Ask the Diva: How to Add Oat Bran, Chia, and Flax to Your Diet?

Nutrition Diva's easy tips on how to incorporate these healthy ingredients into your meals and recipes.

Monica Reinagel, MS, LD/N, CNS
2-minute read

Q. How can I use oat bran, flaxseed, and chia seeds? I see them in the store and know that they are healthy but I don't know how to work them into my meals. 

A. I think a lot of people can relate to this question! They read good things about a new food or ingredient and dutifully pick some up at the store - but then these items sit unused in the cupboard. Here are a few ideas to get you started with each of the three foods you asked about - as well as links to more information about each.

Oat Bran is a good source of soluble fiber, which can help normalize cholesterol levels and blood sugar. (See also: Soluble vs. Insoluble Fiber). Compared with regular oatmeal (rolled oats), oat bran is higher in fiber and lower in carbohydrates - as you might expect. But I was surprised to learn that oat bran is also higher in protein than regular oatmeal.  You can cook it as a hot breakfast cereal. Bring a cup of water and a pinch of salt to a boil. Whisk in 1/3 cup oat bran and cook briefly, stirring frequently. That's it! Top with fruit, nuts, a little milk or nondairy milk, and/or a touch of sweetener.  You can also add oat bran to cookies, breads, or muffins. Substitute 3/4 cup flour plus 1/4 cup oat bran for every 1 cup of flour in the recipe.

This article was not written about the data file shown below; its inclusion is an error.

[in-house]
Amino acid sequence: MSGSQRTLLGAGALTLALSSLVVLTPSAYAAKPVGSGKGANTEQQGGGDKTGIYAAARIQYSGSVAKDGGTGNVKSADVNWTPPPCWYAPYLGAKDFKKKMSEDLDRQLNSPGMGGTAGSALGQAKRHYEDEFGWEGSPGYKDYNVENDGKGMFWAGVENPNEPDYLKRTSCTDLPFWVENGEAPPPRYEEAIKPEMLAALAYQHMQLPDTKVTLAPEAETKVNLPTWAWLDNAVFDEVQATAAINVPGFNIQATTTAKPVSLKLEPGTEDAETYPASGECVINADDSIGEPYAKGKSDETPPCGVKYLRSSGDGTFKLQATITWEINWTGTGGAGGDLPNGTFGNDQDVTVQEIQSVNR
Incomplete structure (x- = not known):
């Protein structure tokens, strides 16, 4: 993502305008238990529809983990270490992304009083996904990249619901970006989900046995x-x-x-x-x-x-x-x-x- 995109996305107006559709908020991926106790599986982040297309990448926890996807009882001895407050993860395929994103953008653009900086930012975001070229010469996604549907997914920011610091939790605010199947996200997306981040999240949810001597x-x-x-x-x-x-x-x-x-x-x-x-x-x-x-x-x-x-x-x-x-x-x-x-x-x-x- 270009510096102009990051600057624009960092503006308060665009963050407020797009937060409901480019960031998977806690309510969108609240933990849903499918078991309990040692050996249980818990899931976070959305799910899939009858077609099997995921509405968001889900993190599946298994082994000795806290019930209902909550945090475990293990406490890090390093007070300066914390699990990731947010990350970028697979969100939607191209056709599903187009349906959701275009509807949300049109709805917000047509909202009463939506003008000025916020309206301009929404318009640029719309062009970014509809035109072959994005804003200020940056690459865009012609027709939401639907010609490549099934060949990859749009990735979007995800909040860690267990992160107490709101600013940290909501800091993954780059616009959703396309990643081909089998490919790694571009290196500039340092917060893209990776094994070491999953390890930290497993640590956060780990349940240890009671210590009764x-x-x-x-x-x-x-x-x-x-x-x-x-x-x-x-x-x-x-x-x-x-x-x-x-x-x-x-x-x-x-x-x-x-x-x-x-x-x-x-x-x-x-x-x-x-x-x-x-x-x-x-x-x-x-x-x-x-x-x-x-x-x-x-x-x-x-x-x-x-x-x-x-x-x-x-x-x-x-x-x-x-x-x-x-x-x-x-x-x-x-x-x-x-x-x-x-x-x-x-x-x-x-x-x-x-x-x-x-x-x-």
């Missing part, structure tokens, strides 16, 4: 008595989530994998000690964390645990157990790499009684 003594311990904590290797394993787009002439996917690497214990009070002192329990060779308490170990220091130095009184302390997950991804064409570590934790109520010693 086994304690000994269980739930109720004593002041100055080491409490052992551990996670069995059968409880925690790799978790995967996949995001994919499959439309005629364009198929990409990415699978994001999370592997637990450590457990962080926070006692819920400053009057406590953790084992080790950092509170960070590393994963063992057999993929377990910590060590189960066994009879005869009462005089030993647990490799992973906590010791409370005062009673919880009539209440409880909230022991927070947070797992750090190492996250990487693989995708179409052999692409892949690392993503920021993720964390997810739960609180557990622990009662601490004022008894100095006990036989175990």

Flaxseed is a good source of plant based omega-3 fats, as well as insoluble fiber. (See also: Benefits of Flax).  In order to get the nutritional benefits of flaxseed you need to break the hard outer shell of the seed. You can do this by grinding the seeds in a coffee mill or by chewing very thoroughly. Once it's ground up, flaxseed can go rancid, so keep your ground flaxseed (flaxmeal) in the fridge and try to use it quickly. You can add whole flax seeds to smoothies or add ground flax to cookies, breads, and muffins. Substitute 3/4 cup flour plus 1/4 cup ground flax for every 1 cup of flour in the recipe.  

Chia seeds are similar to flaxseeds in their nutritional makeup, offering similar amounts of omega-3s, protein, and fiber. (See also: Chia vs. flax vs. hemp.) The big difference is that chia seeds don't need to be ground up. You can add them whole to smoothies or baked goods or simply sprinkle them on top of cereal or yogurt . My favorite way to use chia seeds, however, is to make chia pudding. Here's a quick video that shows you how. 

How about you, Nutrition Diva fans? What are you favorite ways to use these healthy foods? Post them in the comments below.

About the Author

Monica Reinagel, MS, LD/N, CNS

Monica Reinagel is a board-certified licensed nutritionist, author, and the creator of one of iTunes' most highly ranked health and fitness podcasts. Her advice is regularly featured on the TODAY show, Dr. Oz, NPR, and in the nation's leading newspapers, magazines, and websites. Do you have a nutrition question? Call the Nutrition Diva listener line at 443-961-6206. Your question could be featured on the show.